2. Violating your Fifth Amendment rights (which you can petition the government to correct under the First Amendment to the Constitution, called the Petition clause).
  3. Mailing threatening communications (18 U.S.C. 876)—it’s threatening to be told your pay will be stolen from you if you don’t “volunteer” to give it away by filling out a W-4 form.
  4. Taking more money than is owed (26 U.S.C. 7214)—they haven’t even demonstrated or documented a tax liability, and yet they’re taking your money anyway.  What kind of justice is that?
  5. Receiving the proceeds of extortion (18 U.S.C. 880)—taking your pay without your consent and threatening legal action if you don’t provide it is extortion.
  6. Blackmail (18 U.S.C. 873).
  7. Taking of property not based on law (26 C.F.R. 601.106(f)(1)).

However, you will be at a big disadvantage in court at this point if you haven’t previously established a prima facie case against income tax liability as we described in section  Be careful how you do this or it could blow up in your face.  Without a clear trail of evidence in your administrative record with the IRS showing over the years the history of your understanding of the tax laws and your understanding of your lack of tax liability, it will be difficult to defend your position in court.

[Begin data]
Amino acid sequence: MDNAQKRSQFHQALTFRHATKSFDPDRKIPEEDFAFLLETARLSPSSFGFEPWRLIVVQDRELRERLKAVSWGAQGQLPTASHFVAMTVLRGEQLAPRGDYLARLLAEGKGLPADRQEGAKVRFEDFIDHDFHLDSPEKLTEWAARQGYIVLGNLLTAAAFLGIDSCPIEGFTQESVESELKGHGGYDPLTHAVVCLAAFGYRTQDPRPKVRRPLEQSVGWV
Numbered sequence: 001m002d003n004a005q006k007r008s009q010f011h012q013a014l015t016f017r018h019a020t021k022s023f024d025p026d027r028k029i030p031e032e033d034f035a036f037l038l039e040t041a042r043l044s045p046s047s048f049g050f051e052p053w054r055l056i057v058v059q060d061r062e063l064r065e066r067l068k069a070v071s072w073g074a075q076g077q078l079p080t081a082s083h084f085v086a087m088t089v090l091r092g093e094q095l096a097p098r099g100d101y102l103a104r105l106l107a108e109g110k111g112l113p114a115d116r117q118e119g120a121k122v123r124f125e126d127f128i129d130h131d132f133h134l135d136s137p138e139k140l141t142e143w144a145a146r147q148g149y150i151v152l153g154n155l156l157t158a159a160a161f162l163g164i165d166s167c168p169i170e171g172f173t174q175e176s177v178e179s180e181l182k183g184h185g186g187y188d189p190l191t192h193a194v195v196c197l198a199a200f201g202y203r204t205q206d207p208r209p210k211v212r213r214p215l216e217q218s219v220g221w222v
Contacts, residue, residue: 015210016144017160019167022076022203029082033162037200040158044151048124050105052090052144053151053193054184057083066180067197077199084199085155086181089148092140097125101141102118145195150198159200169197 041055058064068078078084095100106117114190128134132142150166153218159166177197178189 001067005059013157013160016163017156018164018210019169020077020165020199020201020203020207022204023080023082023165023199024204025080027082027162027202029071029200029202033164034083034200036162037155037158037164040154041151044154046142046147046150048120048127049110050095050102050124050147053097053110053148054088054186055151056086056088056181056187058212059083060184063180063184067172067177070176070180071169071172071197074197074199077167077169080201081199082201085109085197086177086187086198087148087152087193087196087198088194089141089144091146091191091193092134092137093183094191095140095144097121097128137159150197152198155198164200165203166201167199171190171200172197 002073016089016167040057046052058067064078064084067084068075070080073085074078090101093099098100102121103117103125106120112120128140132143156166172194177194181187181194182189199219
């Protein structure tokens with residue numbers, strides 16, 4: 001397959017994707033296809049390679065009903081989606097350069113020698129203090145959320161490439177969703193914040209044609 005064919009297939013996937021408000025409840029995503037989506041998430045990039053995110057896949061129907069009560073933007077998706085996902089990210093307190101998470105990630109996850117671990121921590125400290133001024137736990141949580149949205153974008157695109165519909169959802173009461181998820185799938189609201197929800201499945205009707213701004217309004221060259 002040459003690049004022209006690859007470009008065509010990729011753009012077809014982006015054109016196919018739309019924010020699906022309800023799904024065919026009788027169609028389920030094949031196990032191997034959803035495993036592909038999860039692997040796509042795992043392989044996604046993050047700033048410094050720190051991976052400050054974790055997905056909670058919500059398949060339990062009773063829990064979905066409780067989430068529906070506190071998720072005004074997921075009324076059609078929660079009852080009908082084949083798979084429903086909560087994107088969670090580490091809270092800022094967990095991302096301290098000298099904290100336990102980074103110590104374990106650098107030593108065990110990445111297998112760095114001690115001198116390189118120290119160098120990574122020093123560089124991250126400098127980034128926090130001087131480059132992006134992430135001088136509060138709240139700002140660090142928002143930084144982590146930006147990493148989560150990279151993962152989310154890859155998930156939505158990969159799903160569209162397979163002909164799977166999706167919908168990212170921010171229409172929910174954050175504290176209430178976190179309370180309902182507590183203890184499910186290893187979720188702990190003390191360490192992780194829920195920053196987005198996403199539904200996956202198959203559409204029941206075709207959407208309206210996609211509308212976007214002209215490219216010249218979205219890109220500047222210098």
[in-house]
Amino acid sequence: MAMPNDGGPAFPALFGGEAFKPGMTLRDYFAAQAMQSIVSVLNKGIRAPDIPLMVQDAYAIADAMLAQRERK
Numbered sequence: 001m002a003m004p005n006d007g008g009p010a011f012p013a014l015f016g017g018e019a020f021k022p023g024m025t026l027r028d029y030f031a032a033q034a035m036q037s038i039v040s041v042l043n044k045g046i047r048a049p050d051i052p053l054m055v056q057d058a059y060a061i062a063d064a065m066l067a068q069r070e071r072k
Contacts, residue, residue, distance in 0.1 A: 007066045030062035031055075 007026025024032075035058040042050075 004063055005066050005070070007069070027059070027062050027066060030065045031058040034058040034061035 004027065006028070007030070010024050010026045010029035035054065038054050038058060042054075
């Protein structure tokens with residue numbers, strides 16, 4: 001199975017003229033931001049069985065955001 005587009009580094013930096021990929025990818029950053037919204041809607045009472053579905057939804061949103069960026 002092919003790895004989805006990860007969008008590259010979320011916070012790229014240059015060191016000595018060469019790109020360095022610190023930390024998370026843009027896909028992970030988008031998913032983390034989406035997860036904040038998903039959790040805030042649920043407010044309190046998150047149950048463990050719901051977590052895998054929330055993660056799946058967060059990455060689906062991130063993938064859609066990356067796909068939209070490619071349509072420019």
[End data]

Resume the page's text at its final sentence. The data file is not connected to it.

On the other hand, if your private employer understands this document, then he will realize that you are not an “employee” (within the meaning of the IRC) and it is OK for you to not file a W-4 "volunteering" to have income taxes deducted from your pay because you have no income from foreign or corporate sources and therefore have no "gross income" or "taxable income".  Smart private employers who you have taken the time to educate will also understand that you filing a W-8 or W-8BEN takes them off the hook to withhold ALL federal taxes from your wages, including medicare, social security, FICA, and federal income tax.  Smart private employers will also realize that if you file a W-8 or don’t give them any W-4 authorizing withholding, they consequently don't need to prepare or file a W-2, because the amount in block 10, "wages, tips, and other compensation", will consistently be zero with no gross income.  You can’t have “wages” if you aren’t an “employee” as defined in the internal revenue code.

If your private employer won't cooperate with you in eliminating your W-4, here are some additional tactics you can use: